I’ve tried the new 290s on and the upper is definitely better than both the old 290 and 270, but I haven’t run in them. The midsole and outsole is unchanged from v1 though so I can definitely speak to the flexibility. As you can imagine it is not as flexible as the 270, but I would say it is still adequately flexible if you look at it as a long run/race shoe. For shorter runs and races or more technical terrain, it is just not going to feel super nimble, but for everything else I find it pretty good and the structure really does prevent a lot of foot fatigue on long runs/ultras. Hope that helps and let me know if you have any more questions. -David

  7. I love the Inov8 Race Ultra 270 it is almost the perfect shoe. Only one thing would make it better, a Zero Drop Model…

  8. Nice to see Adirpene get a shout out, that was my favorite as well, I quit Adidas when they went to the Boost…I can’t agree on the 290’s on paper they sounded great I wore them once..they just did not connect to my foot and felt clunky and heavy, the big issue though was pressure on the little toe’s. I have tried one each of rock lite and trail roc and returned them..I agree they make quality shoes so far they just have not worked for me, either clunky heel or narrow toe box…I keep my hopes up lol I did perk up when you said the 290 changed the toe box some…

    I have been disappointed with trail shoes in general the past couple years (wearing road shoes mostly on trails (Mizuno Hitogami beleive it or not lol) these days but keep searching for a go to trail shoe, I do have a lot of miles on Altra Superior 2.0, Pearl Izumi N1 and Saucony Peregrine 4 those were really the only ones I wore a lot and I tried many…oh I enjoyed one of the Salomon Sense Pro’s too but replacement was a completly different shoe that was awful…

    Also what is up lately with the shrinking vertical toe boxes..we finally get some wider toe boxes and now they hammer our toes from the top instead of the side??!!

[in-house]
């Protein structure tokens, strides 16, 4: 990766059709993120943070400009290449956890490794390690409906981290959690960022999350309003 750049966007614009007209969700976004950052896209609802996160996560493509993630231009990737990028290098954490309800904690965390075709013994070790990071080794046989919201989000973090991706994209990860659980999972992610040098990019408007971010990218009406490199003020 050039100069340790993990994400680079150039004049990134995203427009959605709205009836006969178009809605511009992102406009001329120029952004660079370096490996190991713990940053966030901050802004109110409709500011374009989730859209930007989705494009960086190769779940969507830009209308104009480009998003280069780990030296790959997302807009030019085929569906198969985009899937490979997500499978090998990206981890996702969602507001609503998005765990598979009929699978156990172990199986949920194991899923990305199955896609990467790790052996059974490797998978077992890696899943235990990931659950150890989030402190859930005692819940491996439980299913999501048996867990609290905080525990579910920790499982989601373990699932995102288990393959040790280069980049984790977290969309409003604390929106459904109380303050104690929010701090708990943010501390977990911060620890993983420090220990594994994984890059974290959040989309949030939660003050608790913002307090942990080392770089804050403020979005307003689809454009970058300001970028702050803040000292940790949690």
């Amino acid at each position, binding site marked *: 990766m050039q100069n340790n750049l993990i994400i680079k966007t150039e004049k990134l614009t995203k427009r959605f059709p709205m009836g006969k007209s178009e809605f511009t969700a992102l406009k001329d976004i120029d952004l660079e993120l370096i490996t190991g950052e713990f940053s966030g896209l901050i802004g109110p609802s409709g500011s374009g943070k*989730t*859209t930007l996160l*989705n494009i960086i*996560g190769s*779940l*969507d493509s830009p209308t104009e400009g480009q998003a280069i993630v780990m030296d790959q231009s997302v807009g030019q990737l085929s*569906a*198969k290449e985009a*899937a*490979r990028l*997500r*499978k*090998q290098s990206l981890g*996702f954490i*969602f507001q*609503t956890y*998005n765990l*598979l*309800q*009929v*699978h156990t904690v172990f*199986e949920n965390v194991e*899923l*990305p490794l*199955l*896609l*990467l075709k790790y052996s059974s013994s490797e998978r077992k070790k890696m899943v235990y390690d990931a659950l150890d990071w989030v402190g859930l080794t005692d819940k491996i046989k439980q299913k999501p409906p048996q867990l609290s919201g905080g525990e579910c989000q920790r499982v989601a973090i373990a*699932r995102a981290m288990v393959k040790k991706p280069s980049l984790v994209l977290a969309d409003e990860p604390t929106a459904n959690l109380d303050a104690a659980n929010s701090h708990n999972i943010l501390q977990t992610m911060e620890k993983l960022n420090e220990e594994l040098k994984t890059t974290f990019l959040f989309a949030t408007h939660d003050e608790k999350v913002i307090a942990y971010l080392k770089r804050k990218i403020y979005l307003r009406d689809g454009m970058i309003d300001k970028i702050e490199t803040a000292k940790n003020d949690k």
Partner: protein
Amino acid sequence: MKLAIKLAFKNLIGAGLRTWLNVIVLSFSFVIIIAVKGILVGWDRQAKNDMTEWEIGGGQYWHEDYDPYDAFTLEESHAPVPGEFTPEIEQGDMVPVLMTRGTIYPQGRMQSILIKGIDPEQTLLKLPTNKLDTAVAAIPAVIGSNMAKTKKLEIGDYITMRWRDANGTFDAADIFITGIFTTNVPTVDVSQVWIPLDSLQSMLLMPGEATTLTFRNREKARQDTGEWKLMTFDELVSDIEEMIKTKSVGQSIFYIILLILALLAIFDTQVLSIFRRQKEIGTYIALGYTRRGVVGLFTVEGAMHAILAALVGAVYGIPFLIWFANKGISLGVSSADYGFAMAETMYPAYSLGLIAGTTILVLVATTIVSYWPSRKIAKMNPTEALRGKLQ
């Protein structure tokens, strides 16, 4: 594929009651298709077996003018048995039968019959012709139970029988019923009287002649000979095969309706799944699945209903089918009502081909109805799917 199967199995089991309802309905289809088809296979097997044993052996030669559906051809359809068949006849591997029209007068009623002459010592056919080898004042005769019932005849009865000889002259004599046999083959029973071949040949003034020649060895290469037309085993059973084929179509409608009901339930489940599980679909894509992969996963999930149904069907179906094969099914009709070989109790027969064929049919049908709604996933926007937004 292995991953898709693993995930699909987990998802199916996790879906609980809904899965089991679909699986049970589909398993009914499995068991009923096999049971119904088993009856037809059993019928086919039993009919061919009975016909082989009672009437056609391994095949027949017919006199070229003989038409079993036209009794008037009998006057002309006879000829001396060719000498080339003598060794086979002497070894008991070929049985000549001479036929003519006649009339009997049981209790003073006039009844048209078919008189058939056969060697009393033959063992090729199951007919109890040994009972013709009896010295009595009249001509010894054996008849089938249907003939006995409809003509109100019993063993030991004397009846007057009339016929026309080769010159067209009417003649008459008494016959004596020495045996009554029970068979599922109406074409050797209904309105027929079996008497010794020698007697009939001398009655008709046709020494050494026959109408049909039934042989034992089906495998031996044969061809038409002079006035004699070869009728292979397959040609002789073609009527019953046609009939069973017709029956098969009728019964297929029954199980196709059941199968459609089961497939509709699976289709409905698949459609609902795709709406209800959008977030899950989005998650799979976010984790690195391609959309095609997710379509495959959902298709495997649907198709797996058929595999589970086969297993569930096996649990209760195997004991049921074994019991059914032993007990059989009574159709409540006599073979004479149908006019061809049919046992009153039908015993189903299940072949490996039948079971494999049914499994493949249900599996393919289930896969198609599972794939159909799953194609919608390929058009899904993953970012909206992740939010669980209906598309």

• Been noticing the same myself, seems wider is often now being paired with shallower. Saw this on the Nike Wildhorse, Lunartempo, and some others.

      • Okay I am not losing my mind and my toes are not vertically growing…good to know!!

      • Just for kicks…some I have noticed this change include Mizuno Hitogami 2, Altra Lone Peak 2.5, Altra Superior 2.0 and I might add Pearl Izumi N1 trail but to be fair..I think the very first pair of those I had were the anomalies..very roomy toe box on the first one pair I had a couple years ago, pretty much every pair after that has had less room in toe box..they seem to be getting firmer too

    • David Henry says:

      Yeah the updated 290 has a wider toebox since they took out the stitched rand. I do agree somewhat on the them and the heel is a bit clunky. I’ve shifted more to adidas, Montrail and road shoes for much of my trail mileage these days. adidas has great midsole and outsoles as does Montrail (especially the newer 2016 shoes). Salming’s T1 has a great ride too. As for the shallow toeboxes, not sure what is the reason. I haven’t seen that across the board though and personally never had a problem with the Kigers and some others that were known to be shallow for many. Lots of good shoes coming out if you look at our preview posts so the good news is there is probably a good chance you’ll find something you like! -David

      • I recently tried two different Montrails and LOVED the midsole, great mix of firm and cushion but one had a very narrow toe box and was way too long (Fluidflex ) the other (Bajada 1 and 2) mashed my little toes..sized up a half size and that actually made it worse..I can feel a firm overlay inside toe box. It sounds like we like the same kind of cushion/midsole…Mizuno usually has nice toe boxes and midsole/cushion for me but the drop can be a bit much and for me they messed up the toe box in the Hitogami 2 another one that went shallower